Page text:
• @slowwooderrunsdeep@lemmy.world
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    156 months ago

    I work as an engineer and I use it like a desktop for each project. Works very well when you need to work on more than one project at a time - all the programs, files, folders, browser tabs for one project are on one screen exactly where I left them, and exactly in the layout where I left off.

    I also keep the first desktop as a HOME screen, where I have email, Teams, Zoom, and my timesheet program. If I need to talk to someone about a project while I work on it, I just pop that chat out into a new window and move it to the respective desktop.

    The only limitation is that if you open something (like an Excel file) through Windows Explorer on desktop 1, but you have an instance of the program already running on desktop 3, it will jump around the desktops and open on the one where it’s already open. I have no idea why, not all programs do that, but it’s easy to move it to the correct place.

    Also it’s even more hand if you learn the keyboard shortcuts.

    • @HessiaNerd@lemmy.world
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      66 months ago

      I did something similar, but was annoyed by all the jumping around when opening excel or word or PDFs… Plus even just having a group of emails and an explorer window open on a couple desktops really starts to eat ram it seems. Forget about solid works in that situation.

      If they allowed you to save desktops and fixed the jumping issues it might be useful.

      Depot was so much better.

    • @XeroxCool@lemmy.world
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      26 months ago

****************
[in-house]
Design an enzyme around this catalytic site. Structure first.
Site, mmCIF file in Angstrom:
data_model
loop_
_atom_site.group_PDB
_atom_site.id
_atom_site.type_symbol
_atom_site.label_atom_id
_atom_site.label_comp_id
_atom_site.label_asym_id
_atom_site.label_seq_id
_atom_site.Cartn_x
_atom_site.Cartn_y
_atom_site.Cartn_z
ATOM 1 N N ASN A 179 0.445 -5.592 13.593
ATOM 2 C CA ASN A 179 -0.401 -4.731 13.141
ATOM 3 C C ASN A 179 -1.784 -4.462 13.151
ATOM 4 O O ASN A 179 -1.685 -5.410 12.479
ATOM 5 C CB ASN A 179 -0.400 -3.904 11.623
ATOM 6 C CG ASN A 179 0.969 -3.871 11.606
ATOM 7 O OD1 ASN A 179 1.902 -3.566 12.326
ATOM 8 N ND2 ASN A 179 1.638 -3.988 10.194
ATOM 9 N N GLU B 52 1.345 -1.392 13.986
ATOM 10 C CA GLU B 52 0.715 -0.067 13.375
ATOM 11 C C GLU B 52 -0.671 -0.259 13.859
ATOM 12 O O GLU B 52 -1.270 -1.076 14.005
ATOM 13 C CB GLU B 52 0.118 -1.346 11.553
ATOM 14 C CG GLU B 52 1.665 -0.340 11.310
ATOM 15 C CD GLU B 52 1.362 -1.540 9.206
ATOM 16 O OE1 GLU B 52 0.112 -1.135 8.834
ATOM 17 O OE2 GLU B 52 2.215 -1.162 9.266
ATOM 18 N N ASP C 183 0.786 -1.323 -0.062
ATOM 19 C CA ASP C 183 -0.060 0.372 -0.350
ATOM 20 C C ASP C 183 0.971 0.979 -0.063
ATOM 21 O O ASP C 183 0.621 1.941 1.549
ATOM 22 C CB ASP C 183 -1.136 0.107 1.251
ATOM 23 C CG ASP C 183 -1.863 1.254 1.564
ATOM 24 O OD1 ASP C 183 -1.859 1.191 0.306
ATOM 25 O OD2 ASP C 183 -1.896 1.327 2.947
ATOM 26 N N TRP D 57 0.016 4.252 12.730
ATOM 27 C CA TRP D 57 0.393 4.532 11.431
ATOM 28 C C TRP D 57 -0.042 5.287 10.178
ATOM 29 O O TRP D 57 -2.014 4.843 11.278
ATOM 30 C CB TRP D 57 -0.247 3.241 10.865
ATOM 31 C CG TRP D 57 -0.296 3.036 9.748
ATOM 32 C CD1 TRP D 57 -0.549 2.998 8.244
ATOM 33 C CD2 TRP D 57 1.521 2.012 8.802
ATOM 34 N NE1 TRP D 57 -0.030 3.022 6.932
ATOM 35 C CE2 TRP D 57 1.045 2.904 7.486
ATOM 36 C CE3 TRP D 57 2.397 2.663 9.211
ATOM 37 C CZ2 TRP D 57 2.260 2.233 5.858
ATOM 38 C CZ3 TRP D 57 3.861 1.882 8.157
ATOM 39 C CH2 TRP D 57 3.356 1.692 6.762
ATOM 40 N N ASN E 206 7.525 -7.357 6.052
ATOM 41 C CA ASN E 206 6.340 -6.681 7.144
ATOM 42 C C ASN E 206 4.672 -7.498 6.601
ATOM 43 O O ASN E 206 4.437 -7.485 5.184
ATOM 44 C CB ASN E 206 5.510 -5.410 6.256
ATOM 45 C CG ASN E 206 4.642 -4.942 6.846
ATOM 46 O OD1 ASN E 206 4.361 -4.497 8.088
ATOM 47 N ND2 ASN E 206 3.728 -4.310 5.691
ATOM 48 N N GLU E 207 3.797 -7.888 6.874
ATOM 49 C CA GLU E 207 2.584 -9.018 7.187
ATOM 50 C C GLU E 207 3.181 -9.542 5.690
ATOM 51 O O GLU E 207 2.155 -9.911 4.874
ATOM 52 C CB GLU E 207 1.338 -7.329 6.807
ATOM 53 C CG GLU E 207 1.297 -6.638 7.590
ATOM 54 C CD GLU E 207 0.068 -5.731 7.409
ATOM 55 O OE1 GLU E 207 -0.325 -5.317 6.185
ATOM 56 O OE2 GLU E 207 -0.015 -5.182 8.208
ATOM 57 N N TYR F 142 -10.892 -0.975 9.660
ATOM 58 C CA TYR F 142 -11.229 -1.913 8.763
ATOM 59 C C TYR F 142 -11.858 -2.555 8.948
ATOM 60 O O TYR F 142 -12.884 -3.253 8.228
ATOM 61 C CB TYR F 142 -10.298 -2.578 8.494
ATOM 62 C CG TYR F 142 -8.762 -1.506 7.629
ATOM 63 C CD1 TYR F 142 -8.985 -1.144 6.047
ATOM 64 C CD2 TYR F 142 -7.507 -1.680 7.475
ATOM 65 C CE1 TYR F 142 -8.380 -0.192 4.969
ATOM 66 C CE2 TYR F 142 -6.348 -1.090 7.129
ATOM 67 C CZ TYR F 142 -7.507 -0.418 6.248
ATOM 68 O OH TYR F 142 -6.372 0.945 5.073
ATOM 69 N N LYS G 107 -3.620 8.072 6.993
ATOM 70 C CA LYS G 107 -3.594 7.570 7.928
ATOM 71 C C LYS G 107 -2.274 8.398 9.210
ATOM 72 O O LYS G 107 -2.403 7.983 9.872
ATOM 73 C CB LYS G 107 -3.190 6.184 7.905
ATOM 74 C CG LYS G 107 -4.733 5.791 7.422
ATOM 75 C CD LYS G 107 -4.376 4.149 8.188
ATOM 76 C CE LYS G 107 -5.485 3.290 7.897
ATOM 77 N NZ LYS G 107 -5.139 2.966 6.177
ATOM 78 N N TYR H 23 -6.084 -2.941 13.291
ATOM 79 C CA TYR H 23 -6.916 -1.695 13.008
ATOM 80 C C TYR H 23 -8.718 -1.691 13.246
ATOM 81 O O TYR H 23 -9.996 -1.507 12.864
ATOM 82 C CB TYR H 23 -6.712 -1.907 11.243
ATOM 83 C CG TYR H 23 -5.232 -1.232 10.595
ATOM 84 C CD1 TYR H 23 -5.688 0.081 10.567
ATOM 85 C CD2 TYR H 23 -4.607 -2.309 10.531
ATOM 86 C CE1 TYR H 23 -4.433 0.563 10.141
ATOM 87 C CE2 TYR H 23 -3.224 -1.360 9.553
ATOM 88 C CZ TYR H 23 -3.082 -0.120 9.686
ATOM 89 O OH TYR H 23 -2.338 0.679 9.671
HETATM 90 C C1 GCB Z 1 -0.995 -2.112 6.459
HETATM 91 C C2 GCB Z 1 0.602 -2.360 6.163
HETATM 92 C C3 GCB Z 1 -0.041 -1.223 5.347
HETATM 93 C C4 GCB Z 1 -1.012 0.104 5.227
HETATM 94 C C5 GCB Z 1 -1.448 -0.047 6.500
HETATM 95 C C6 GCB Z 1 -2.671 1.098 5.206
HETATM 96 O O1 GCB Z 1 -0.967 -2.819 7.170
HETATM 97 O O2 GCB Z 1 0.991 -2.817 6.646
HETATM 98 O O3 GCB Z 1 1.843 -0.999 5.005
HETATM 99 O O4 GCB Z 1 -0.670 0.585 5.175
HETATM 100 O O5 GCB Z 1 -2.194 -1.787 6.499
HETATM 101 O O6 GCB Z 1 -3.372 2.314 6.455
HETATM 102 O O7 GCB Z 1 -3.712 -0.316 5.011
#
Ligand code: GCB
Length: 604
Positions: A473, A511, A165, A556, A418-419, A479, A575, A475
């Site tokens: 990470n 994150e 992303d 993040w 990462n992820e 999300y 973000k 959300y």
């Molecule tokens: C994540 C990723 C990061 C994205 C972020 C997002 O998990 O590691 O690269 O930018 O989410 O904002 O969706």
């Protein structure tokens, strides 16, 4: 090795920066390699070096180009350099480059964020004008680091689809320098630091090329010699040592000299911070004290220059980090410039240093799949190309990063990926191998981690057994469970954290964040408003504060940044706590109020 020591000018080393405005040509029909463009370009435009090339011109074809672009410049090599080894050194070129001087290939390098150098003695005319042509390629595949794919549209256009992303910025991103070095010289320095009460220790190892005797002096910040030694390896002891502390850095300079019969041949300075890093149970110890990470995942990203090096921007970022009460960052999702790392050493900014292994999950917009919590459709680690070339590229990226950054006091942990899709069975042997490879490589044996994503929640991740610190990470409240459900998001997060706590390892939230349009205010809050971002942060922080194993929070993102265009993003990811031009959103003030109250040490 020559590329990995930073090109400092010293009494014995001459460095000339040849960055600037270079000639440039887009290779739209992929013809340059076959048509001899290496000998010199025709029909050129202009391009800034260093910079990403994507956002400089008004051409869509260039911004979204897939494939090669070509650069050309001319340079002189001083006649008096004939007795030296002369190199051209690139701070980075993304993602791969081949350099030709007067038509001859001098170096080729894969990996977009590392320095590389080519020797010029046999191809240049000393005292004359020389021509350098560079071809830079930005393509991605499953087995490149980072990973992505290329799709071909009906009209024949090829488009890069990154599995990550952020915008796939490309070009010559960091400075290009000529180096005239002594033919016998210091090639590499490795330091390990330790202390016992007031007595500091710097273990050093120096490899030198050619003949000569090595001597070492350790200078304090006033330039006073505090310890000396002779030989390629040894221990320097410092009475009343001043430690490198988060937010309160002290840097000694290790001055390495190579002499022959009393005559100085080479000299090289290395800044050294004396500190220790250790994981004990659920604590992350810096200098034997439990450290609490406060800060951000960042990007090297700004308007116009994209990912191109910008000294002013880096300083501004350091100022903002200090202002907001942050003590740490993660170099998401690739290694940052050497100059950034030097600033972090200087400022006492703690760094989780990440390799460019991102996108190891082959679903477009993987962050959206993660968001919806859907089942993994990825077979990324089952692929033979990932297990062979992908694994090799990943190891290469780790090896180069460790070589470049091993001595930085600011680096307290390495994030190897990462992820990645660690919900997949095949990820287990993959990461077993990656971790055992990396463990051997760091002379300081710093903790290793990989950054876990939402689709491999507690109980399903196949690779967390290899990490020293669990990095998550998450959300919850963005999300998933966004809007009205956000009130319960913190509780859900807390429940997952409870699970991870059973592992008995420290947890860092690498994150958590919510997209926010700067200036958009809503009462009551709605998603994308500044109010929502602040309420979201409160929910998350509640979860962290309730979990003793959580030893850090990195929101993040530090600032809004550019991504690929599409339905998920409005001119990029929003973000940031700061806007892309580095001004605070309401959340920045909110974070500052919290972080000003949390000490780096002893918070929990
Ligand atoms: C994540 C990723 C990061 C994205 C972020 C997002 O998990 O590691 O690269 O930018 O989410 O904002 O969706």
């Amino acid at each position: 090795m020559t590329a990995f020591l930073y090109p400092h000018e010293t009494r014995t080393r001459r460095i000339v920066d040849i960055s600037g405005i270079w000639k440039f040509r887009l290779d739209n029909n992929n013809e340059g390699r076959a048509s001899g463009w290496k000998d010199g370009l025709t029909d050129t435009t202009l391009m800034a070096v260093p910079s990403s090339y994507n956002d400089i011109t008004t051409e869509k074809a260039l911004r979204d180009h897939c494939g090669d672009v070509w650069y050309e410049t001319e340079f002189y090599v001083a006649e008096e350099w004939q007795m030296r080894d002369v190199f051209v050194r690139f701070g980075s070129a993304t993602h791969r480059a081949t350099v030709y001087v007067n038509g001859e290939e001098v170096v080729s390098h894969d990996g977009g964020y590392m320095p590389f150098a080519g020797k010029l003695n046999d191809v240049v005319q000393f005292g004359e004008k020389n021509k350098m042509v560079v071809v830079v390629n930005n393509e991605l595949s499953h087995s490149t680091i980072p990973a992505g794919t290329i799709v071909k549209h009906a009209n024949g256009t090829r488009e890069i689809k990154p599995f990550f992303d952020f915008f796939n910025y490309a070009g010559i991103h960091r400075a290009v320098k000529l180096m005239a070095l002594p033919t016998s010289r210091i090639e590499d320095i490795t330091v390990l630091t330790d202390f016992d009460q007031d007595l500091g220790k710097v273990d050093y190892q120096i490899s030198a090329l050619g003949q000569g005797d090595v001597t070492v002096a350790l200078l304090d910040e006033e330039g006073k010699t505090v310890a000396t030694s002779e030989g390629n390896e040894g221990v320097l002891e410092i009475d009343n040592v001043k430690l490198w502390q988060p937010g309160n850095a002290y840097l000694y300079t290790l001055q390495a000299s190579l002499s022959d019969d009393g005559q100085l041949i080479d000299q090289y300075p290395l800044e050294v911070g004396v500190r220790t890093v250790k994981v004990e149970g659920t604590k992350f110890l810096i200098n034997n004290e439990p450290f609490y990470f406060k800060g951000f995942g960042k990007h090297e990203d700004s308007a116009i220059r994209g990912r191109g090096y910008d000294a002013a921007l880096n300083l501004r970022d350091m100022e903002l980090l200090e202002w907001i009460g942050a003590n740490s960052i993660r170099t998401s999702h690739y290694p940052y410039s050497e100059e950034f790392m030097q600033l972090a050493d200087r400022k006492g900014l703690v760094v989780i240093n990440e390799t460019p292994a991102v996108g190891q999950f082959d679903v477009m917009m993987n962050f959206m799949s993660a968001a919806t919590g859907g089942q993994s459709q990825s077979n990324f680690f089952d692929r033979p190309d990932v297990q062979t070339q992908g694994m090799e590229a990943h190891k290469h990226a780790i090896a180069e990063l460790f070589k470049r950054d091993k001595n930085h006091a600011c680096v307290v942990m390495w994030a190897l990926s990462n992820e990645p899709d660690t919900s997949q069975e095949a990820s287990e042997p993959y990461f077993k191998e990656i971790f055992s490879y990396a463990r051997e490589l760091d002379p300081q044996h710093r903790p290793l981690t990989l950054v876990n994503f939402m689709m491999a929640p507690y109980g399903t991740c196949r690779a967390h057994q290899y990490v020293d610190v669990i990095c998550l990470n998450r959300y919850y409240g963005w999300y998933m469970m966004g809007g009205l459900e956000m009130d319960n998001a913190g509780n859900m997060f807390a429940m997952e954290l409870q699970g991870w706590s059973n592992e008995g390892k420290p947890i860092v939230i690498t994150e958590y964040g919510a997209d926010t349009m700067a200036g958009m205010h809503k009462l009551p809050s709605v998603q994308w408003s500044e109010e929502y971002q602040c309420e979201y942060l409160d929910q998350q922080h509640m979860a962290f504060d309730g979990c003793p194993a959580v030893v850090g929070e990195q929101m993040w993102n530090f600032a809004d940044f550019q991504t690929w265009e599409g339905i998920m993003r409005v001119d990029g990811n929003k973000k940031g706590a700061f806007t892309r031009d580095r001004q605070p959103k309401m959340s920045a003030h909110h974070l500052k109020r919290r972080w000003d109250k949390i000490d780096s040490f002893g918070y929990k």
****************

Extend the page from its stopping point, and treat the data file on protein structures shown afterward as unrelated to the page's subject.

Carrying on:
Sounds like excel is still doing what it has done for a while. Even though windows can finally (again) treat excel instances separately in the task bar, clicking one brings up the single excel window containing all excel files open. So if I open a 2nd excel file, then x it out, the 1st file is on top now. This doesn’t bug me when it’s the browser or Adobe because those at least clearly present as tabbed items and, more importantly, can be broken out to different windows

  • atocci
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    156 months ago

    This is something I actually use all the time. It helps to mentally separate the tasks I’m working on and keep things from getting cluttered. For example, if I’m editing audio on one desktop and preparing a 3D print on another, I can keep all those programs and files siloed into their own little workspace. I can also just stop working on either task at any point and just switch to a new clean desktop without losing my open programs and windows so I can just pop back into them later.

  • @DharkStare@lemmy.world